In most instances, employment is considered to be "at will," which means that an employer can fire an employee for any reason or no reason at all. One way to try to limit an employer's right to terminate an employee is to enter into an employment contract. These documents can cover a wide variety of issues, including salary, benefits, paid time off and limitations on the employee's behavior post-termination.
Yet, simply because an employment contract is in place does not mean that an employee cannot be fired. In fact, all too often employers break these contracts. Sometimes it is due to a personal vendetta, other times it is because the company believes that it can benefit from breaking ties with an employee. Regardless, those who are subject to an employment contract and are fired by their employer need to carefully understand the extent of their contract and whether it was breached. Depending on the circumstances, an employee may be able to bring a lawsuit against an employer for both breach of contract and wrongful termination.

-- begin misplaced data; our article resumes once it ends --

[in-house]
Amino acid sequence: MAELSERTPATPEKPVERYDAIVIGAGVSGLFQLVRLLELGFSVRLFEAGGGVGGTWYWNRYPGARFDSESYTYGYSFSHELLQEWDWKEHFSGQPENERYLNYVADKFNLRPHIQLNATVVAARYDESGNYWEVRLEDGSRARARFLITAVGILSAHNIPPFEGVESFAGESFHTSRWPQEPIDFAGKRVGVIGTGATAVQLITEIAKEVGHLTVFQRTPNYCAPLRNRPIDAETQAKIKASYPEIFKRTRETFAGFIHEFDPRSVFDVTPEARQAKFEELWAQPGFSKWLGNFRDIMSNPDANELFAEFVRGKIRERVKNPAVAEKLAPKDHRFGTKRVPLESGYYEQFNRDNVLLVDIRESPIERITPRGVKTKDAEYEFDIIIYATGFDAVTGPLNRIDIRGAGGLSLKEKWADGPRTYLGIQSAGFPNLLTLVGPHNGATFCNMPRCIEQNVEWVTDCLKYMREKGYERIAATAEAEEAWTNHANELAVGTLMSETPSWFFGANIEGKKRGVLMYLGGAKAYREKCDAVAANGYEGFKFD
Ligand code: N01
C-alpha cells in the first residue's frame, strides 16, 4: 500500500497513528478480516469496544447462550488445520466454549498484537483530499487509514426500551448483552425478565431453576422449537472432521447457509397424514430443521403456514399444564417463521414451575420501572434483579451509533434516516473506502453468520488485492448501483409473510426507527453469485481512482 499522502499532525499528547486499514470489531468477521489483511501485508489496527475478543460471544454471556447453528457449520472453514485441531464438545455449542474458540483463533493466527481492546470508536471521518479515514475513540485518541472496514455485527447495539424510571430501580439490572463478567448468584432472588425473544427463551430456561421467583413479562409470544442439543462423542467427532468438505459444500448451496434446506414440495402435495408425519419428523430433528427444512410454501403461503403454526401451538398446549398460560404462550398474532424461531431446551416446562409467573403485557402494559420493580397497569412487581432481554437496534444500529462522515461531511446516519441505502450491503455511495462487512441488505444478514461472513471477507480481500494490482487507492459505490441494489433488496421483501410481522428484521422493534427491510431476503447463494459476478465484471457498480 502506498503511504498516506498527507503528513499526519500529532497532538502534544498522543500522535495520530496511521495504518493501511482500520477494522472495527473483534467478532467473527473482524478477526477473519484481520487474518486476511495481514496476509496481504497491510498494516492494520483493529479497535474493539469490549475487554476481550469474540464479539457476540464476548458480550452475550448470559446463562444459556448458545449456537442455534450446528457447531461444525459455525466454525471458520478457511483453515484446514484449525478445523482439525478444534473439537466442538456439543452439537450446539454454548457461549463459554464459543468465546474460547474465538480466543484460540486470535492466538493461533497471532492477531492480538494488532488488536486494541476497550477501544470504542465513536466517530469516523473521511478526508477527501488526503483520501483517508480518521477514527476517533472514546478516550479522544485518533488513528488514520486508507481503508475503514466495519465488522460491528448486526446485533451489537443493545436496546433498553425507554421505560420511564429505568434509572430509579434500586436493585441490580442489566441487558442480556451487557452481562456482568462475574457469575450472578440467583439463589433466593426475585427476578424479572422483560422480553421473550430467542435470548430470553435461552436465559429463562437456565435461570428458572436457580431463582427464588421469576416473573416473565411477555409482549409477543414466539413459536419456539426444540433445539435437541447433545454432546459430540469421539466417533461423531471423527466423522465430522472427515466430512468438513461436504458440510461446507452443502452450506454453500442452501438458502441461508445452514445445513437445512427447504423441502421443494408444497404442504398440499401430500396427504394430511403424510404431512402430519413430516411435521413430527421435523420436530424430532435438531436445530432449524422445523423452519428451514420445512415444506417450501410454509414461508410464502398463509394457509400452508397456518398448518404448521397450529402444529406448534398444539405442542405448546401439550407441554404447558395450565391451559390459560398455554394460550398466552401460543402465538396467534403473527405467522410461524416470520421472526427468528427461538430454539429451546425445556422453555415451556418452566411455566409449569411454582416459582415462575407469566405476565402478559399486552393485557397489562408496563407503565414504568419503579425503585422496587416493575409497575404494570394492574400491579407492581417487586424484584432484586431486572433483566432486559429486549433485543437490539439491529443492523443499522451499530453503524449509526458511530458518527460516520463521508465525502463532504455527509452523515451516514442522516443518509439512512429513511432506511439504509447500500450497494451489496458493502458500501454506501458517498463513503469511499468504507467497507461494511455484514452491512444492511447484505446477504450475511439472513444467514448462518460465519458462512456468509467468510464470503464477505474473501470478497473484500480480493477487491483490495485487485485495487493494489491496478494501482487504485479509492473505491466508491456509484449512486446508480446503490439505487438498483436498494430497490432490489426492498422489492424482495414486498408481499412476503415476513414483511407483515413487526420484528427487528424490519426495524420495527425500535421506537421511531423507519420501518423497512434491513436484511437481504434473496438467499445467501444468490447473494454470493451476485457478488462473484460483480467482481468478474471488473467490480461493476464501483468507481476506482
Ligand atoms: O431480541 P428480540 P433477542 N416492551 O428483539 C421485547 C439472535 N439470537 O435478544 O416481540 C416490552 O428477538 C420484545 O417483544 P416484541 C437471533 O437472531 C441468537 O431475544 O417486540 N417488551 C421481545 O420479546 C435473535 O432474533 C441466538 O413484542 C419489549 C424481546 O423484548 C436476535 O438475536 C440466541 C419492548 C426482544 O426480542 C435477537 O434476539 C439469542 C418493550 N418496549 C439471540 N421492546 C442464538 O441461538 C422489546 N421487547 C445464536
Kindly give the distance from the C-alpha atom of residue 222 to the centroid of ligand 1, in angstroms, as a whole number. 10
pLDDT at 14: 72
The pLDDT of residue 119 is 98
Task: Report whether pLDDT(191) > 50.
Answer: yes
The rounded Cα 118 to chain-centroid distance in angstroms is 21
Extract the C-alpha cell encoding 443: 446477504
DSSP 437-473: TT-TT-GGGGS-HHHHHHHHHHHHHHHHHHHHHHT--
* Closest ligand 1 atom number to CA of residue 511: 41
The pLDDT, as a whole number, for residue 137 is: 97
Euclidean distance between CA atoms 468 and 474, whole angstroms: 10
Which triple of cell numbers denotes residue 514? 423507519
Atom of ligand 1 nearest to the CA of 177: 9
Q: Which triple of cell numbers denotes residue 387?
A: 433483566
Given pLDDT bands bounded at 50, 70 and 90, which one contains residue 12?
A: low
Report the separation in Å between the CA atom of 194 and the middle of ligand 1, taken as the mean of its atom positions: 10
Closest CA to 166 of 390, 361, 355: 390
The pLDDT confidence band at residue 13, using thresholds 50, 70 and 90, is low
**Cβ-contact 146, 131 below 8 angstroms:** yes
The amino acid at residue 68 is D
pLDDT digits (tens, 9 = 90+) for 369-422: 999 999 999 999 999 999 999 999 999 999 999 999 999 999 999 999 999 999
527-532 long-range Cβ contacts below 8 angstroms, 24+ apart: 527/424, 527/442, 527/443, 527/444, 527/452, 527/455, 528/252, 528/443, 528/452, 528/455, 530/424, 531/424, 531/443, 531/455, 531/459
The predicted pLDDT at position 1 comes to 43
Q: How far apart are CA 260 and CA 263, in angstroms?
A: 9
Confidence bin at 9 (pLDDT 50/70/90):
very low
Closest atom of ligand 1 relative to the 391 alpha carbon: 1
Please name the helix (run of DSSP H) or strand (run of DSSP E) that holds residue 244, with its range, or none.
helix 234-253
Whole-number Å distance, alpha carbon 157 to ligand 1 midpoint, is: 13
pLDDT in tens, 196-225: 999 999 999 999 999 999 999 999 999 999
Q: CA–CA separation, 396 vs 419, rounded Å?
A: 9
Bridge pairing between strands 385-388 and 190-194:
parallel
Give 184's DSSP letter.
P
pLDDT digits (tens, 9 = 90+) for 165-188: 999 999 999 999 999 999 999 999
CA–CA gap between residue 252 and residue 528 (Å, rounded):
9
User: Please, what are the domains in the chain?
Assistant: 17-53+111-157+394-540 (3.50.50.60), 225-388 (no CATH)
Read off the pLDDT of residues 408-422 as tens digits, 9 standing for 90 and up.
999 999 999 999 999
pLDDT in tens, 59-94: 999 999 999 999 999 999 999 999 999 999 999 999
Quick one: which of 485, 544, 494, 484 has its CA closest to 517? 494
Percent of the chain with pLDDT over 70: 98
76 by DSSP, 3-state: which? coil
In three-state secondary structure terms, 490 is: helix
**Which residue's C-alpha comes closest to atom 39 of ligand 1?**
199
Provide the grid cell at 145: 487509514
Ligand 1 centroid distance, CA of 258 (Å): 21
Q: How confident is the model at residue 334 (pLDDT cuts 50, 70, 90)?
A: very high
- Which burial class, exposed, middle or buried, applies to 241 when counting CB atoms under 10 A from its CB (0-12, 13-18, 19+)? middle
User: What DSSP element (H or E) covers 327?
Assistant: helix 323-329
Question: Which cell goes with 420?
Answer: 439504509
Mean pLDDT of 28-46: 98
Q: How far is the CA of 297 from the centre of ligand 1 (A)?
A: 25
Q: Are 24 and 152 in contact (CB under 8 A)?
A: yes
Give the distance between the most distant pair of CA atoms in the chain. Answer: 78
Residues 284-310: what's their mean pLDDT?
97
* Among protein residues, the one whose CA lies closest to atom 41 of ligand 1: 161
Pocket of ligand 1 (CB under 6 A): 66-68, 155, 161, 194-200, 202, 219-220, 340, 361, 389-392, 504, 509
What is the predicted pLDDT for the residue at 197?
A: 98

Wrongful termination can take many forms, but most often includes some sort of discrimination, harassment or violation of an employment contract. It is important to note that an employment contract, although often written and signed by all parties involved, may also be verbal in nature. Those who believe they have been wrongfully terminated may want to consider negotiating a severance package, which may include continued health insurance coverage and compensation. It is critical to carefully negotiate these packages, though, as failing to do so could result in premature cessation of any benefits, particularly if continuation of them is contingent upon new employment.
Being unexpectedly laid off can throw an individual's life into disarray. However, those who have been party to an employment contract may be able to take legal action to ensure that they protect their legal right to compensation for wrongful termination. Those who would like assistance handling one of these claims should think about discussing the matter with a qualified employment law attorney.